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Strong leaders needed, industry told on D&D sidelines

Clear strategies and strong leadership are essential for miners to address issues from carbon reduction to ensuring mental health and people’s safety on site, industry members were told today on the sidelines of Diggers & Dealers in Kalgoorlie.
Strong leaders needed, industry told on D&D sidelines Strong leaders needed, industry told on D&D sidelines Strong leaders needed, industry told on D&D sidelines Strong leaders needed, industry told on D&D sidelines Strong leaders needed, industry told on D&D sidelines

Deloitte partner Nicki Ivory with panellists Andrea Maxey, Sally Langer and Michael Wood

Ngaire McDiarmid


Andrea Maxey - a director of the Gold Industry Group and Denver Gold Group and AngloGold Ashanti vice president of corporate affairs, community relations and HR - said safety had long been an industry priority but it was in the spotlight given recent sexual harassment cases on various minesites.

She said sites were a community "and we need to create the social supports people need in a normal community as well".

Sally Langer, a non-executive director at Northern Star Resources, the Perth Mint, Sandfire Resources and MMA Offshore, said having a clear strategy was the first of three traits that gave her confidence leaders were setting the right example to an organisation.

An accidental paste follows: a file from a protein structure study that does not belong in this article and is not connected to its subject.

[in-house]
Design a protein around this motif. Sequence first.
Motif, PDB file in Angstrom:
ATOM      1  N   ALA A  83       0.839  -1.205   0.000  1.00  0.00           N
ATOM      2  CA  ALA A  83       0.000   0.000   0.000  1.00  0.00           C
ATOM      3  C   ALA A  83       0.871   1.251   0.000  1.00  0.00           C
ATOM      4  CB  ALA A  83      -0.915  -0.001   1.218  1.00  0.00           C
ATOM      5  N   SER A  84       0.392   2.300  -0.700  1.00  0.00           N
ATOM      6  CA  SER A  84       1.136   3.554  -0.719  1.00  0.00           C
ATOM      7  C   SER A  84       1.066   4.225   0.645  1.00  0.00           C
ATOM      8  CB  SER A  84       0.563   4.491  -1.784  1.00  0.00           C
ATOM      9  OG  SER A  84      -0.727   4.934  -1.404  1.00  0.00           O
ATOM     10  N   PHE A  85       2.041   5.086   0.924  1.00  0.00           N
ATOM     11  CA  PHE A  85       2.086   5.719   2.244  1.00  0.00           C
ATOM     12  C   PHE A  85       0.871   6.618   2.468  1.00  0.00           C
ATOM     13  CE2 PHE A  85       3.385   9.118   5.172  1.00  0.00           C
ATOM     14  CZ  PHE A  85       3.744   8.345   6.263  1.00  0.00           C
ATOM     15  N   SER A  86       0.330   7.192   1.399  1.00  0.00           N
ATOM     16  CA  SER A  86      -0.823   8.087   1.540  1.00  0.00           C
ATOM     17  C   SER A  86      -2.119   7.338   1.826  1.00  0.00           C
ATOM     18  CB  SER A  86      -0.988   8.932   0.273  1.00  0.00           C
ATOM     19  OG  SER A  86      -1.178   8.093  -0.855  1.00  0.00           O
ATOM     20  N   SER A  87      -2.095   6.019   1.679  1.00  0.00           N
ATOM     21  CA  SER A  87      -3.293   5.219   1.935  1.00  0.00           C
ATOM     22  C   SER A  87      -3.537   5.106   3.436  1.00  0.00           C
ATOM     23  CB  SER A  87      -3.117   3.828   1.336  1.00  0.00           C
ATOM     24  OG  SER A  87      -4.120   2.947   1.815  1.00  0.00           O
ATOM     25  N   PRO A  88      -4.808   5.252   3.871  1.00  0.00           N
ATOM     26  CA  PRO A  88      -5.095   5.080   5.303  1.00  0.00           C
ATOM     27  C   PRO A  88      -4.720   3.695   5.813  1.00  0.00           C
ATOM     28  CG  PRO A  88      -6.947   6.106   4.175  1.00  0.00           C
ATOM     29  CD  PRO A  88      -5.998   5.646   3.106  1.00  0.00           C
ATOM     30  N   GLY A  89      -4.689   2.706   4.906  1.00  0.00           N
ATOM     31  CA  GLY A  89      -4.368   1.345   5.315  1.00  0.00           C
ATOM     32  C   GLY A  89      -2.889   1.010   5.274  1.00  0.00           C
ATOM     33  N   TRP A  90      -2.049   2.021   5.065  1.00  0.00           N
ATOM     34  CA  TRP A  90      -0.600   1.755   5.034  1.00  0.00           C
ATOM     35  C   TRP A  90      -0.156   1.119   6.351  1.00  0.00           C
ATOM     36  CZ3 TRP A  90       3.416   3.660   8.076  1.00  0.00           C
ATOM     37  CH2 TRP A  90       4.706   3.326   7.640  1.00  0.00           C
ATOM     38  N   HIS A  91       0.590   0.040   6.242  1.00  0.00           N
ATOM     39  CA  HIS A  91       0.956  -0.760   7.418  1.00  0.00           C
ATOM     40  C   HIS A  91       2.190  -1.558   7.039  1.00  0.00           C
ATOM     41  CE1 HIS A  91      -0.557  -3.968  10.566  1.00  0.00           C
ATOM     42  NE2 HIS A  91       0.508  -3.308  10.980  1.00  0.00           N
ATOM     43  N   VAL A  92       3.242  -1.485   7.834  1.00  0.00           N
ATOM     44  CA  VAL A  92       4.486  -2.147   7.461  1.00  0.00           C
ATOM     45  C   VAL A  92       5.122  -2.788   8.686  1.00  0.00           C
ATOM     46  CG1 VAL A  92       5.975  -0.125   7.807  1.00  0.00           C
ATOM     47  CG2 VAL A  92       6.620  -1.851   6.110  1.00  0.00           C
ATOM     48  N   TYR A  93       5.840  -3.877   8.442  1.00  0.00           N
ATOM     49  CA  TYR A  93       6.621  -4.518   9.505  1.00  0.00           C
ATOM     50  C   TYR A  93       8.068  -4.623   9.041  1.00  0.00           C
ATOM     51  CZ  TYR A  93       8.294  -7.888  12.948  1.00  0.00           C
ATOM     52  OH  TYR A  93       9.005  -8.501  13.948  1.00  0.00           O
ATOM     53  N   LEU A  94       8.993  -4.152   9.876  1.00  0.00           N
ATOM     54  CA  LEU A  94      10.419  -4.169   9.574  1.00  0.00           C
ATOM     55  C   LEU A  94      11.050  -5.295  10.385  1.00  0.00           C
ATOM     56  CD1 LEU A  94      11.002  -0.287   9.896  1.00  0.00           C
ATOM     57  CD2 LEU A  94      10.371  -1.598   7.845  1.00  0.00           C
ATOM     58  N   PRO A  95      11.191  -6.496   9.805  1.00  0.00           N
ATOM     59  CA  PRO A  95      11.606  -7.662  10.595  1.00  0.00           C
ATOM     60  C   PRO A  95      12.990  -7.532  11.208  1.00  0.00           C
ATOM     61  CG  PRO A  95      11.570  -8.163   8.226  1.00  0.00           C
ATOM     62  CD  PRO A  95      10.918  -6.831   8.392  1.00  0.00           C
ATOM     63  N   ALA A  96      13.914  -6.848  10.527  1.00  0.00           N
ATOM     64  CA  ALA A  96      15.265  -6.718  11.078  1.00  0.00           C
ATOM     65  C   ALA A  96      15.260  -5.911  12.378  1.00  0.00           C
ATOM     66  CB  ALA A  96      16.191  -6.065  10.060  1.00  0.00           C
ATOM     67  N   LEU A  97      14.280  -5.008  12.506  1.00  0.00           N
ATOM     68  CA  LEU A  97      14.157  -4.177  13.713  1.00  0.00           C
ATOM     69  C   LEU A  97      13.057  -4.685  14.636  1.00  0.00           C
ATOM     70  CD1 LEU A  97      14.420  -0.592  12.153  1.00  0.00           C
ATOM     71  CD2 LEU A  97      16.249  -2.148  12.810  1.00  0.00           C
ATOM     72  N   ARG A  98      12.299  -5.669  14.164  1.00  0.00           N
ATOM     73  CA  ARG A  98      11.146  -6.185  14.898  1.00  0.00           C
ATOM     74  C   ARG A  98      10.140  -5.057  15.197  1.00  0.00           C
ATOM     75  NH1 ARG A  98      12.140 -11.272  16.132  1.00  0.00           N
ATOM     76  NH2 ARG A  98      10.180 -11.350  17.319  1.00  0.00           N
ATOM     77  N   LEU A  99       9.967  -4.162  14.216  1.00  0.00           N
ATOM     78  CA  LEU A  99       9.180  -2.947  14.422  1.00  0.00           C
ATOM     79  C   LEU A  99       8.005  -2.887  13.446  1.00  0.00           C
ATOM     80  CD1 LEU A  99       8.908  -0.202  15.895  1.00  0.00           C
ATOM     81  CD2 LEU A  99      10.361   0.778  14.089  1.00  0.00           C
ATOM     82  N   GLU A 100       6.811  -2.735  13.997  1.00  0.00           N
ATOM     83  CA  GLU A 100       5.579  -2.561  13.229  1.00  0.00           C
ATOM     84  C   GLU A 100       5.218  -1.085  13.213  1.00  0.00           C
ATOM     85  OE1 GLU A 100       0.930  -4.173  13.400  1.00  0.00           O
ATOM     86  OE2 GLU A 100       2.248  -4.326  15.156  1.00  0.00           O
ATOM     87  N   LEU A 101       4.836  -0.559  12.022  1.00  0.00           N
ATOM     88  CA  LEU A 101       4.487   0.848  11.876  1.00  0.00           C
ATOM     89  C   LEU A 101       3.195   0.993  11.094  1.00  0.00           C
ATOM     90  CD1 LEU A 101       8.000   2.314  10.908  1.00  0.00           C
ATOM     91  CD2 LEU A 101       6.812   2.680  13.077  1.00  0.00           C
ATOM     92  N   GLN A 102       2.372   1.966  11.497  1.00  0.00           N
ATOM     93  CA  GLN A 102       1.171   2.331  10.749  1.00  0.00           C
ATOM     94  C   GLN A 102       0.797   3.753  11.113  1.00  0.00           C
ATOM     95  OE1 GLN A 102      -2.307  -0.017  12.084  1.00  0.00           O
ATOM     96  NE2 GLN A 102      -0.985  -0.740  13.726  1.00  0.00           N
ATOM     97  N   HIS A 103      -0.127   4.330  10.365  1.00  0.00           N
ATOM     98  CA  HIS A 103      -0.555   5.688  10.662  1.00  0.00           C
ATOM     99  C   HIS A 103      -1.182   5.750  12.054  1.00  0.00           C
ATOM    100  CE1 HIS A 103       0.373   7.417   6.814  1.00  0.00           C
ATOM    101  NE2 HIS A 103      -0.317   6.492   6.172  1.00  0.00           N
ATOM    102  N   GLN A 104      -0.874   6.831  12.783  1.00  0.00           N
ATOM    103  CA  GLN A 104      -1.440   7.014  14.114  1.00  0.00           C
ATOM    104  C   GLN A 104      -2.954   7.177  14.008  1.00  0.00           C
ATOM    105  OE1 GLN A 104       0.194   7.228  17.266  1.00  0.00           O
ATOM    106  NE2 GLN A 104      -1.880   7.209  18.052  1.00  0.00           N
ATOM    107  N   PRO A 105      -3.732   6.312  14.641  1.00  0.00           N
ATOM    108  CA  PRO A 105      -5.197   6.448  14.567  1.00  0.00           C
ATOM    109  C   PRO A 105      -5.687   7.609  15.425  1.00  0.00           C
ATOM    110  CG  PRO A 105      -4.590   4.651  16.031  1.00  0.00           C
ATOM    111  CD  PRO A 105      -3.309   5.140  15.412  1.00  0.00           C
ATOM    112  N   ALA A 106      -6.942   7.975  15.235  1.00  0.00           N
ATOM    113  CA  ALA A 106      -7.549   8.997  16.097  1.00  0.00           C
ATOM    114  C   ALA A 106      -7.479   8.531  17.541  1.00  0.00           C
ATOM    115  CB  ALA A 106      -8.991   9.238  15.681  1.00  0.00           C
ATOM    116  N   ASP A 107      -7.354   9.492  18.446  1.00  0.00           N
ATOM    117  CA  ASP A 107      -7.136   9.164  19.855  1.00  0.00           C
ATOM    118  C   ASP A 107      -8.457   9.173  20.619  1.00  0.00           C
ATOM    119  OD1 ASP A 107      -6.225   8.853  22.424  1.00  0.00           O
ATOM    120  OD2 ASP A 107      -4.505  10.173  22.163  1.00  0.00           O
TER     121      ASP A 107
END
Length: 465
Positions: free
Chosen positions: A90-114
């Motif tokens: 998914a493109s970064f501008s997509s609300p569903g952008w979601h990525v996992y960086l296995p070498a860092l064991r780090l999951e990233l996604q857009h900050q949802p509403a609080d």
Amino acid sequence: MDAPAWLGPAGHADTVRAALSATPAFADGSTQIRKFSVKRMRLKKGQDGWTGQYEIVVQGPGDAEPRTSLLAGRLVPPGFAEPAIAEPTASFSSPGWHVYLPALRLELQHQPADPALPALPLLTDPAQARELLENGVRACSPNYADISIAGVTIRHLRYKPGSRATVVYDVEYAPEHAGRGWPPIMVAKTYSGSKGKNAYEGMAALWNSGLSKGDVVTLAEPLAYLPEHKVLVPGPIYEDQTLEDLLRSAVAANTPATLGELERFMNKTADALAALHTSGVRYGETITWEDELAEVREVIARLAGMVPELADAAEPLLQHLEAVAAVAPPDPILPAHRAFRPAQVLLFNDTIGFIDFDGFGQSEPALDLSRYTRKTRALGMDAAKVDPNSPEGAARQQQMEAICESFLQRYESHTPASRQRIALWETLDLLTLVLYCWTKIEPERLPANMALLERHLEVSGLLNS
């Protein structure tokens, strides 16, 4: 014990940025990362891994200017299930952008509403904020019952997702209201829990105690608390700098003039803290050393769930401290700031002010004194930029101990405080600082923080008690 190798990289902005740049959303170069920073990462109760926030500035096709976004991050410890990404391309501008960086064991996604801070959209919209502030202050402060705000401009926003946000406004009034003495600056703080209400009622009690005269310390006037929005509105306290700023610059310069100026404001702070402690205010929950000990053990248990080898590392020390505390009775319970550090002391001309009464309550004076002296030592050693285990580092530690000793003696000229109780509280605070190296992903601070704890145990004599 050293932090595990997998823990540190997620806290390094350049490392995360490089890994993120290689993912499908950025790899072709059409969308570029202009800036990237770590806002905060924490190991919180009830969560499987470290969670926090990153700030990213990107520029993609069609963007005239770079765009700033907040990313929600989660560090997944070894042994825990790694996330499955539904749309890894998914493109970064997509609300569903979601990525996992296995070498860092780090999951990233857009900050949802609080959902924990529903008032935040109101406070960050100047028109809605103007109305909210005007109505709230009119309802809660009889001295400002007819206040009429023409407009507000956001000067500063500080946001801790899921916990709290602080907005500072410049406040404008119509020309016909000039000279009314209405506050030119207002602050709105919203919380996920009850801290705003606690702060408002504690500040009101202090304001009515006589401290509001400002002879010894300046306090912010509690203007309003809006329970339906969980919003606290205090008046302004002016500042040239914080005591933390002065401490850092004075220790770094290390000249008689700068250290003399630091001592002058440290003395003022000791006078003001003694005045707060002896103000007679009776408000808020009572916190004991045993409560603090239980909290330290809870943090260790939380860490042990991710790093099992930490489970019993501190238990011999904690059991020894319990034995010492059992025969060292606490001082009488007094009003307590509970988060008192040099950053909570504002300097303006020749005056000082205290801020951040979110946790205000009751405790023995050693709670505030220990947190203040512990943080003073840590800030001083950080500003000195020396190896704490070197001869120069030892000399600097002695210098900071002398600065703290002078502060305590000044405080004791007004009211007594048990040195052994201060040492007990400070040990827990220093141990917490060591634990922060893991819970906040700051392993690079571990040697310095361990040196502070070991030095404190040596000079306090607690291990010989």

"The second trait I see a lot of is courage and when I say courage, it's the ability to have a tough conversation," she said during a panel discussion at a breakfast co-hosted by Deloitte and the Gold Industry Group.

The third was curiosity, a trait she saw in Northern Star executive director Raleigh Finlayson, who was known for stopping to ask questions on his way around sites.

She also cited the ability to bring different ideas into the conversation and embrace diversity.

Deloitte partner, sustainability and climate change services Michael Wood told the gathering despite the pandemic, the commitment by economies and business to emissions reductions had been "nothing short of staggering".

He said an area of concern was China and its planned emissions trading scheme.

"And almost certainly they'll have a tariff," he said.

He said for companies, mitigation meant reducing greenhouse gas emissions but he believed the physical side was more important, relating it back to assets such as enabling infrastructure.

He said data was a "very boring starting point" but customers and end users wanted to know about traceability and emissions reduction.

He said the industry was facing complex challenges, including skills shortages, and collaboration and sharing were important.

"There's an old adage if you want to go fast, go alone. But if you want to go far, go together," he said.